Returning to the fires raging in Greece, and this applies to any natural disaster in other regions of the world, most travel insurance policies will provide a level of specific cover that can be used to lessen the impact on the insured holiday maker.  This cover will range from paying for alternative accommodation should the existing accommodation become uninhabitable to cancelling your trip before you travel or curtailing the trip once away.  Before making such a claim, it would be normal for your travel insurance provider to expect the tour operator to provide alternative accommodation free of any extra charges or offer a refund before making any settlement.

Cover should also extend, but do check the small print as policies do differ, to providing emergency medical cover and repatriation in the event that you or your travelling companions are injured or worse.  This is no different from suffering a road traffic accident but becomes more complex when incidents are caused as a result of civil commotion and unrest or, say, a terrorist attack.  Some policies provide cover for all eventualities but you will have to pay a hefty premium for this and you will have to weigh up the risks of it happening and whether you should really be there in the first place if looking for cover at this end of the travel insurance spectrum.

Ethical Travel Insurance

Tuesday, September 25th, 2007

There has been a recent boom in ‘Ethical’ products following on from the success of ‘Fair Trade’ and ‘Organic’ but is this all marketing hype designed to boost a company’s profits?  There is no doubt that the use of any of these labels opens up a totally justified debate on whether they are sufficiently defined to give the general public the assurances they need.  Take ‘Fair Trade’ which has now established itself as a recognised standard but what transparency does the consumer have on whether the price they pay have any bearing on the fairness claims that are made and is the premium that they are prepared to pay for such products, on prices set by the end seller, have more to do with what the market will bear than on making any real difference to the third world producer?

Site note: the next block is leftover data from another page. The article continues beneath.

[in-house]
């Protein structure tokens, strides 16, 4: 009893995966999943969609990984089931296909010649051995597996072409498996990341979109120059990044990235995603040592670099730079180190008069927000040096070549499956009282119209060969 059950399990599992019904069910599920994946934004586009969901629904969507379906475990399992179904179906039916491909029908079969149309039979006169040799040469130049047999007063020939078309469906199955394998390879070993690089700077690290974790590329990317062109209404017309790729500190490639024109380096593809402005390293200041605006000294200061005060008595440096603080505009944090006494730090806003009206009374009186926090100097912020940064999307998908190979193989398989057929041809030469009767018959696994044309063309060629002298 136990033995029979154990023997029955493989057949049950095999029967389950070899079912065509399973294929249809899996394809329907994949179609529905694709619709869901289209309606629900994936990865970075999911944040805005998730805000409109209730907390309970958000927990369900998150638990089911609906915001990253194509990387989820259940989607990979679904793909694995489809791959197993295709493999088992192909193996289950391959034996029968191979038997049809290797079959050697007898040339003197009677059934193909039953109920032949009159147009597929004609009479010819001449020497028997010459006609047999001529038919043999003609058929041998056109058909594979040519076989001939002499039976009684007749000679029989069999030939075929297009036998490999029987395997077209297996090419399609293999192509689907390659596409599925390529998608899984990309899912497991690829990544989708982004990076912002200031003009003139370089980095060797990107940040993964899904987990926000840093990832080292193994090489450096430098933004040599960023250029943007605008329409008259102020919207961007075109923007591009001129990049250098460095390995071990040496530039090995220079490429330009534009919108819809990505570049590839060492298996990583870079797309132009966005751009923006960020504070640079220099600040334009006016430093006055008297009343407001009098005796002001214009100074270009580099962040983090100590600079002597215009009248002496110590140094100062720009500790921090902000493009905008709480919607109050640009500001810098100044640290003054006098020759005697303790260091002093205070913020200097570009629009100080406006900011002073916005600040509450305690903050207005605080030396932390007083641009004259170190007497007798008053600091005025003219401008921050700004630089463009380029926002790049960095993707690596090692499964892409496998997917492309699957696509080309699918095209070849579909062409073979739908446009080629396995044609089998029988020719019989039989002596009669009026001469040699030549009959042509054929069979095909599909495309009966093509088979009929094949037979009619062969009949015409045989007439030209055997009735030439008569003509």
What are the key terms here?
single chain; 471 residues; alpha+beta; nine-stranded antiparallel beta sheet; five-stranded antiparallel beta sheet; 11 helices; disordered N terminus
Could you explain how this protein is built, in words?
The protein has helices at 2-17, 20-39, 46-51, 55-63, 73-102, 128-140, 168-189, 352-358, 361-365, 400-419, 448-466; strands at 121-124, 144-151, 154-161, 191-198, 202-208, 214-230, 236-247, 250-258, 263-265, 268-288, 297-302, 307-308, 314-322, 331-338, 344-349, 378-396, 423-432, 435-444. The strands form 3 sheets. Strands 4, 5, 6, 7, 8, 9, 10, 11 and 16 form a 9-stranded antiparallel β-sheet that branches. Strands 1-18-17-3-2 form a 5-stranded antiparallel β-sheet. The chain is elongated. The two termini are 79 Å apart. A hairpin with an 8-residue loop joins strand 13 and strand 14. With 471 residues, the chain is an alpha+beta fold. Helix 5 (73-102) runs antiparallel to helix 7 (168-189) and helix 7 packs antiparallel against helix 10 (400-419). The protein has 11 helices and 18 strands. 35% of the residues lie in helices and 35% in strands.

The selling of ethical travel insurance and financial products falls into the same category.  A simple claim that a percentage of profits are channelled into good causes is all well and good but the discerning customer should look beyond these headline grabbing claims and ask serious questions.  Take Travel Insurance – there are literally hundreds of companies, many well known, that jump onto the bandwagon simply to try and grab a share of this growing market.  This is tantamount to using strong arm tactics to drown out the voices of those genuine companies and charities that are offering ethical travel insurance with a difference.  Only by looking at the whole picture can you appreciate what makes these new up and coming ethically driven companies a much more attractive option for those who do care about where they put their money.  Whether it is directed at helping those in need, say in the developing world or aimed at ecological issues, such as climate change, how companies in the financial sector face up to the growing demand for Corporate Social Responsibility will be the benchmark requirement on which they will be judged in the future.

In financial services broadly, and travel insurance in particular, travelandinsure.com with its ethically viable and socially sustainable product, is among a core of companies who have realised that this is central to how their business operates, and are truly making a difference.